Equipment and Tools

Statement 5. Equipment

  • We recommend the use of carbon dioxide insufflation instead of air during colonoscopy and EMR. (Strong recommendation, moderate-quality evidence.)
  • We suggest the use of microprocessor-controlled electrosurgical units. (Conditional recommendation, very low-quality evidence)

Carbon dioxide

Randomized controlled trials and a systematic review have demonstrated improved patient satisfaction with reduced pain scores and reduced intestinal distension on plain abdominal radiographs after routine colonoscopy with insufflation of carbon dioxide compared with insufflation of air.190,191 The use of carbon dioxide has been shown to be even more impactful for the endoscopic resection of large colon lesions, leading to a significant reduction in the rate of post-procedure admission compared with that of air insufflation, primarily because of reduced rates of admission for pain without perforation.176


The majority of US endoscopists perform polypectomy using either a pure coagulating or blended current, with only a minority (3%) using pure cut current, when surveyed regarding polypectomy practices for lesions 7–9 mm in size.192 Less is known about the applied cautery settings for larger lesions and the number of centers that have adopted modern electrosurgical units. For example, microprocessor-controlled units alternate cycles of short cutting bursts with prolonged periods of coagulation, and limit peak voltage on the basis of impedance feedback, which results in a less marked coagulating effect than the use of a non–microprocessor-controlled blended or coagulation current. Histologic specimen quality is improved as well using the microprocessor-controlled current compared to blended current.193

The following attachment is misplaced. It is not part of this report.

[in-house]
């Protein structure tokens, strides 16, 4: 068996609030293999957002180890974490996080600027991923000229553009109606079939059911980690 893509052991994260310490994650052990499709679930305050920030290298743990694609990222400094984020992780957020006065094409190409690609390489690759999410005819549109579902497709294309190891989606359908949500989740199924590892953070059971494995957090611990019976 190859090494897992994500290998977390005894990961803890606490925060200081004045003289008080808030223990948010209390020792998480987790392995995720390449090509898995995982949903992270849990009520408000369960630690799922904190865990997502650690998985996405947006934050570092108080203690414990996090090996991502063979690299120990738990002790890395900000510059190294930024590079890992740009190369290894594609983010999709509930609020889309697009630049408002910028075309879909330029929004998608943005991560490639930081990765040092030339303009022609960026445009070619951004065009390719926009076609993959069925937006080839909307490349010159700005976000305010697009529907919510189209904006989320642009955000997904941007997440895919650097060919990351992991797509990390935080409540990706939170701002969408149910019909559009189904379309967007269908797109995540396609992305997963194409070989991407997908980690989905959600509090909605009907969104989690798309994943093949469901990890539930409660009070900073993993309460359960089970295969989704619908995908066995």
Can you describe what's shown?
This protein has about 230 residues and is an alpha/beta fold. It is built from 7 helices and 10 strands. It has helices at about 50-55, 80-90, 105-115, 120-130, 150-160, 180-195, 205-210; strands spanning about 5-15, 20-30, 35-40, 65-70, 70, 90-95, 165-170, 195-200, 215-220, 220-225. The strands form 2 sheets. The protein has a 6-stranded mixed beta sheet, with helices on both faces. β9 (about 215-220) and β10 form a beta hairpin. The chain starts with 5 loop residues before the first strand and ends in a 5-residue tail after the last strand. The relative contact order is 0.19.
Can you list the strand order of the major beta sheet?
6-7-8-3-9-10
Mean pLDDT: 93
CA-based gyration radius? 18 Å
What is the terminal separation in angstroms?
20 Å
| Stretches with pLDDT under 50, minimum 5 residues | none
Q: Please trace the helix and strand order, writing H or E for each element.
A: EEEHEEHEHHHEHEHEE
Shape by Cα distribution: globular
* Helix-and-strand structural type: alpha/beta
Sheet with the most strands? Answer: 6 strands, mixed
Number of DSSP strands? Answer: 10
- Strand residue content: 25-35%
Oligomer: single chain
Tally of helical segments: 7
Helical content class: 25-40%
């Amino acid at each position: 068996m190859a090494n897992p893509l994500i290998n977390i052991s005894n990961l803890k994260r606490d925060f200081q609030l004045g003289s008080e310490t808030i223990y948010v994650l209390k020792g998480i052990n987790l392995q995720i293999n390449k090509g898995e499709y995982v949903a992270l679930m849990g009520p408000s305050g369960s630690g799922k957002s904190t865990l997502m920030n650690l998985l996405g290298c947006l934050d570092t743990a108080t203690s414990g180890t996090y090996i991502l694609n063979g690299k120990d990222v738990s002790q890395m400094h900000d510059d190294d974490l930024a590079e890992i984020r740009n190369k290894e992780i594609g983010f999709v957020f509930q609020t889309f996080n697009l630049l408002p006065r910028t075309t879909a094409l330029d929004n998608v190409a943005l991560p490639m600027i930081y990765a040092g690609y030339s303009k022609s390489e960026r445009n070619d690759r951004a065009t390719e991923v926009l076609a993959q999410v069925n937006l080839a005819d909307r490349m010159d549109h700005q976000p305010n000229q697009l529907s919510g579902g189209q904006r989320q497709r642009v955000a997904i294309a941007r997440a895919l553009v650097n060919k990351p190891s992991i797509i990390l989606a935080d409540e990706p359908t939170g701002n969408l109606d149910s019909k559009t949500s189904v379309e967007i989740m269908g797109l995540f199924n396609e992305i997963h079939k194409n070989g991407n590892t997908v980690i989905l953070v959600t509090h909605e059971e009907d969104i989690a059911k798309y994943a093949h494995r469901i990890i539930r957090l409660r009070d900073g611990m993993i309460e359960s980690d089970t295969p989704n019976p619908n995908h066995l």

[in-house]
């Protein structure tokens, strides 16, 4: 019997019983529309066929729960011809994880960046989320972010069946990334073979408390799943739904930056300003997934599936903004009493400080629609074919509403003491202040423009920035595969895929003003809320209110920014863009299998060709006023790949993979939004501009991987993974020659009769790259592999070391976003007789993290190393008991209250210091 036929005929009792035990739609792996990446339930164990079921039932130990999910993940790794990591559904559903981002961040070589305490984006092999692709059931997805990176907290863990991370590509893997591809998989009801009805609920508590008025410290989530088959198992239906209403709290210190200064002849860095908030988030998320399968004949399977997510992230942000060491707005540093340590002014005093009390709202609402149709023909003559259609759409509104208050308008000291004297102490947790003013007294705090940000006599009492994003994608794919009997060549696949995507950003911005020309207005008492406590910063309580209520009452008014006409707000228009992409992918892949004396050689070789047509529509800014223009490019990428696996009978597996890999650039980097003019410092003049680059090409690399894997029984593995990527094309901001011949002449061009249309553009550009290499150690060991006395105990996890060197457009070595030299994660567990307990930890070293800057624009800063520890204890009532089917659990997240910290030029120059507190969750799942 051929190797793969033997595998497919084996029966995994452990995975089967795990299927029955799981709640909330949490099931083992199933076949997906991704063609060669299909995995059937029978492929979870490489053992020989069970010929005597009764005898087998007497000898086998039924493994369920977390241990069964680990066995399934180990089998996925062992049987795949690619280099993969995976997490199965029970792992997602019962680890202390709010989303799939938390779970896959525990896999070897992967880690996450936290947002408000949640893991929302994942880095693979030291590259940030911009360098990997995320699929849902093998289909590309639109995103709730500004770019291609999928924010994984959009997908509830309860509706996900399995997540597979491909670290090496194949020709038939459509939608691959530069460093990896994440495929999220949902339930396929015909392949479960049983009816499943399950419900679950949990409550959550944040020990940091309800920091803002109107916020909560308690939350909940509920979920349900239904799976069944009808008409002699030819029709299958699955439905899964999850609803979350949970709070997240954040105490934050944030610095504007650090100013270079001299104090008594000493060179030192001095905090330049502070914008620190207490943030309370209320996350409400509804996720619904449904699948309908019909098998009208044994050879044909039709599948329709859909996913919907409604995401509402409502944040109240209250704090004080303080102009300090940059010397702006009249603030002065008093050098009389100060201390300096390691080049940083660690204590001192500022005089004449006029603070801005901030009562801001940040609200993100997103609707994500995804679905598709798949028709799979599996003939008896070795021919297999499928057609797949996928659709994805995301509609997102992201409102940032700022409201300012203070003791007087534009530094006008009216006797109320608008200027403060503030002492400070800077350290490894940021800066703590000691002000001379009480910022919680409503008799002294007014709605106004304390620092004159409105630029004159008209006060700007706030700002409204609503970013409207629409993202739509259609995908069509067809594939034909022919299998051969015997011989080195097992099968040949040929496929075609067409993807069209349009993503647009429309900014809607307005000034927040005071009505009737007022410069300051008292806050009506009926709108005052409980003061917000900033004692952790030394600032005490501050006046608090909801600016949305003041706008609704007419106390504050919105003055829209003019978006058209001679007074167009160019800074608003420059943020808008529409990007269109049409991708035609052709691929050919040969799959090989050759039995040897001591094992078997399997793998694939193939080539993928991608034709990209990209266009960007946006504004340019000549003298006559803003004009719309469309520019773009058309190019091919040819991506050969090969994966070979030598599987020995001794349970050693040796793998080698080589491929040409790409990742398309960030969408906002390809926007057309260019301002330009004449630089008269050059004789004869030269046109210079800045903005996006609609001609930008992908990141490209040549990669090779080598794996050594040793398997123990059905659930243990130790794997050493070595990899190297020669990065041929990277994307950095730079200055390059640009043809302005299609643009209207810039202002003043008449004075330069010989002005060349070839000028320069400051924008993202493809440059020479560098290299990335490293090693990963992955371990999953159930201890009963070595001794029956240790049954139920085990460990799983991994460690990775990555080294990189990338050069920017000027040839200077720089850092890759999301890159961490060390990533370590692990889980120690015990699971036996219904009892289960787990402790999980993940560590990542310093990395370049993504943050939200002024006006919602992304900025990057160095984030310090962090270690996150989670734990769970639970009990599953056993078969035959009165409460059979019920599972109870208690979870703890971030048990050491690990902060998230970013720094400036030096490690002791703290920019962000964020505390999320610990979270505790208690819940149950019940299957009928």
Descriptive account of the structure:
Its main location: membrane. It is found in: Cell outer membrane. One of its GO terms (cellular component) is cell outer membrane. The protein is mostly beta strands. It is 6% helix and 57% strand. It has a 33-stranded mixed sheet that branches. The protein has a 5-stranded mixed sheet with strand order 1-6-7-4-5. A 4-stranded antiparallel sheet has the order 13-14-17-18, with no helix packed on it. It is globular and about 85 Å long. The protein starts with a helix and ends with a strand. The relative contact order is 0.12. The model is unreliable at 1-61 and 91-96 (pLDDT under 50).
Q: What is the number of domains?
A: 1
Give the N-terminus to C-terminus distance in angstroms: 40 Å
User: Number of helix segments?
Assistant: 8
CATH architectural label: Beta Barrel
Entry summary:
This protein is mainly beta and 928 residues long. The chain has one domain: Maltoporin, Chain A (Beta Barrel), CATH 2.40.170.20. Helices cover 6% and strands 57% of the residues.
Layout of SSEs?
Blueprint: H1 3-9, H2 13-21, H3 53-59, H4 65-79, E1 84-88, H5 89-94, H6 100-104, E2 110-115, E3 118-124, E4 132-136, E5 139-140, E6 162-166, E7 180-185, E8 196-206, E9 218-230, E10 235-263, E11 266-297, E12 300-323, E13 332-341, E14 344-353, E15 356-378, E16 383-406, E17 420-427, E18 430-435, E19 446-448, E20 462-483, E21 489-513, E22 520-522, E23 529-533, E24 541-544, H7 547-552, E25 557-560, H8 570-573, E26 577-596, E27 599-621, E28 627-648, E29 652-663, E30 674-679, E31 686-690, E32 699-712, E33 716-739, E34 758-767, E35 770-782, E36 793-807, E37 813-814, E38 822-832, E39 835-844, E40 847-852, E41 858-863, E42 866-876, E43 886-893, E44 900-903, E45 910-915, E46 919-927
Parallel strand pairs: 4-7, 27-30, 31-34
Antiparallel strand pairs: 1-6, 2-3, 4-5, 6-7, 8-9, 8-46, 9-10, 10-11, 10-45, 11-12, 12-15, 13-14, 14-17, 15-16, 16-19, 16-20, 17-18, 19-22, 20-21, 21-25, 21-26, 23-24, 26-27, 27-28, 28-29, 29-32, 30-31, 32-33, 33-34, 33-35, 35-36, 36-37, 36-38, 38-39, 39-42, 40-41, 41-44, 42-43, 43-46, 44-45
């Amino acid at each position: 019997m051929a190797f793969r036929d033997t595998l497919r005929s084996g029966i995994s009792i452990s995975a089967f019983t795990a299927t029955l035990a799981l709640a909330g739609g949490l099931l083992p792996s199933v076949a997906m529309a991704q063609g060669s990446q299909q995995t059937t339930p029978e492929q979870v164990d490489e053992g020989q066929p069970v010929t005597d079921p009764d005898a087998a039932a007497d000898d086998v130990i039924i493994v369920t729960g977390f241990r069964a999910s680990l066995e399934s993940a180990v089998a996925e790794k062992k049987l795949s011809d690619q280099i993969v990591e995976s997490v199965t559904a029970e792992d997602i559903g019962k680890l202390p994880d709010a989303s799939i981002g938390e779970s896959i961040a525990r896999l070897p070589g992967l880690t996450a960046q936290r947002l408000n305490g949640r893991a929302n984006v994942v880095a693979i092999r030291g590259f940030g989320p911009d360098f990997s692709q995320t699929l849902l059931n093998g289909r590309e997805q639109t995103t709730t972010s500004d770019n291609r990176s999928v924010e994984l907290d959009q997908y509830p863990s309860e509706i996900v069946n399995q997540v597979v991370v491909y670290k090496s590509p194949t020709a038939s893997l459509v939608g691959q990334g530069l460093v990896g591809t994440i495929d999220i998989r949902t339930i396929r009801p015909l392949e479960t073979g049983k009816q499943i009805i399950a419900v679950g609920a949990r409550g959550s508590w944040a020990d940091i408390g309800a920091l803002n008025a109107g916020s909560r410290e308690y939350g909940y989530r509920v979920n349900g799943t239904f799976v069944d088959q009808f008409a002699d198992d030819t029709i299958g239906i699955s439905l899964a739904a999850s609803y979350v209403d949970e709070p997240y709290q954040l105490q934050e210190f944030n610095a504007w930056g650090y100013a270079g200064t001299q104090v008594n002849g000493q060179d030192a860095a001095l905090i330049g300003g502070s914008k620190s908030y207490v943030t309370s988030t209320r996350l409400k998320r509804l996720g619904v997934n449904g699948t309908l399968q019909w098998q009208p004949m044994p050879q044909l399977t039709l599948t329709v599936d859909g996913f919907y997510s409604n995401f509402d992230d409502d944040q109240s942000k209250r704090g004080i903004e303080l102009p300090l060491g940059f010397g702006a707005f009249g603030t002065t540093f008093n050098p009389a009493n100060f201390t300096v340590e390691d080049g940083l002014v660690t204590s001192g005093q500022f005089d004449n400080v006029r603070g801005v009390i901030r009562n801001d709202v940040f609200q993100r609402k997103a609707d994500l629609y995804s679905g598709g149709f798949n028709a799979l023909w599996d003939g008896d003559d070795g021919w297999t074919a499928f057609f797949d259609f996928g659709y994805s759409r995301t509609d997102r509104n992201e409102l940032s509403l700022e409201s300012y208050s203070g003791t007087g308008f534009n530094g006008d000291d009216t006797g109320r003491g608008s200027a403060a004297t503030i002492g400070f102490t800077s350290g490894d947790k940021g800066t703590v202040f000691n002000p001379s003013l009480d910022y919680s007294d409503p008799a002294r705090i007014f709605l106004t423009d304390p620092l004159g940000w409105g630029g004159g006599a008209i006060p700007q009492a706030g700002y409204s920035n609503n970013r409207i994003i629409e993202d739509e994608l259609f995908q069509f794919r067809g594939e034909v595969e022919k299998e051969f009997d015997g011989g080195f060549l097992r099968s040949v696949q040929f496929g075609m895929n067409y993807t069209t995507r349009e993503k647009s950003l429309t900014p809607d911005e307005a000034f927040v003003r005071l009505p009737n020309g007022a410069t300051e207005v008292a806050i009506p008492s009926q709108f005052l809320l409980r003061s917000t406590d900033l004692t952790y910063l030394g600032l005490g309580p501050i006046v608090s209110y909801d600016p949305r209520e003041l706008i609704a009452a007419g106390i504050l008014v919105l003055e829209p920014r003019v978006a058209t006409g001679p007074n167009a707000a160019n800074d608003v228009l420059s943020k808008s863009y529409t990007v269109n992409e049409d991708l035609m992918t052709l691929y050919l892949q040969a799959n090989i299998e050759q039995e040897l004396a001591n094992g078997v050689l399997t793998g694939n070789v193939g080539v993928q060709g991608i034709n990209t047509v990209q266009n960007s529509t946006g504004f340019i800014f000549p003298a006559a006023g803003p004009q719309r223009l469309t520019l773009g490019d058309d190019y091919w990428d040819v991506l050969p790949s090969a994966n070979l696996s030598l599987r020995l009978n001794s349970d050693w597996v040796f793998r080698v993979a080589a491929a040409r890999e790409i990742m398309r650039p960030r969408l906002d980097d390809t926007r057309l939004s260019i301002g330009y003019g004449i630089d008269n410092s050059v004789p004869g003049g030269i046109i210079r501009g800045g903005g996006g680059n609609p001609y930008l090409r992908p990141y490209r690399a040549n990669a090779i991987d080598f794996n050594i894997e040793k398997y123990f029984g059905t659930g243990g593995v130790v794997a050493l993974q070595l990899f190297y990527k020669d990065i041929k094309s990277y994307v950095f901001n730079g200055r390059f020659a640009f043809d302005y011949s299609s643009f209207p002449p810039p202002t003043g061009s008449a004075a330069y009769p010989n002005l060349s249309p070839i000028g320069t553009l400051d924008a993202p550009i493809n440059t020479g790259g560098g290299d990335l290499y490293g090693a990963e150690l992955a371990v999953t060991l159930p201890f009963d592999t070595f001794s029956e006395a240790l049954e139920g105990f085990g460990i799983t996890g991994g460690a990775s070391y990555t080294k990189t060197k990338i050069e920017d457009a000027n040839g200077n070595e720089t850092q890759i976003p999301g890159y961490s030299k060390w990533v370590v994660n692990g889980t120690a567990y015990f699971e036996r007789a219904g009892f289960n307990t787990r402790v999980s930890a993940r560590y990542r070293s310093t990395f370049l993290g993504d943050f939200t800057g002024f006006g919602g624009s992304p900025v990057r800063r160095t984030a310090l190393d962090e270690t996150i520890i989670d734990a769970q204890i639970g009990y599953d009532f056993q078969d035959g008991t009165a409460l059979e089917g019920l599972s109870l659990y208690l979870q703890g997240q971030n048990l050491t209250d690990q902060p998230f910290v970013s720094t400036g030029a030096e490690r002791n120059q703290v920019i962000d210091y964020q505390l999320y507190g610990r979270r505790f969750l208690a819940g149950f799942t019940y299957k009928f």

The use of a soft transparent cap has been shown to facilitate colonoscopic EMR, particularly for flat lesions. It is fitted to the distal tip of the colonoscope insertion tube positioned with 3–4 mm of the cap exposed. This position stabilizes the endoscope distance in relation to the mucosa to maintain a clear, in-focus view, and can make it easier to inspect the lesion behind a fold or at a flexure.194

Statement 6: Quality of Polypectomy

The majority of benign colorectal lesions can be safely and effectively removed using endoscopic techniques. As such, endoscopy should be the first-line management of benign colorectal lesions.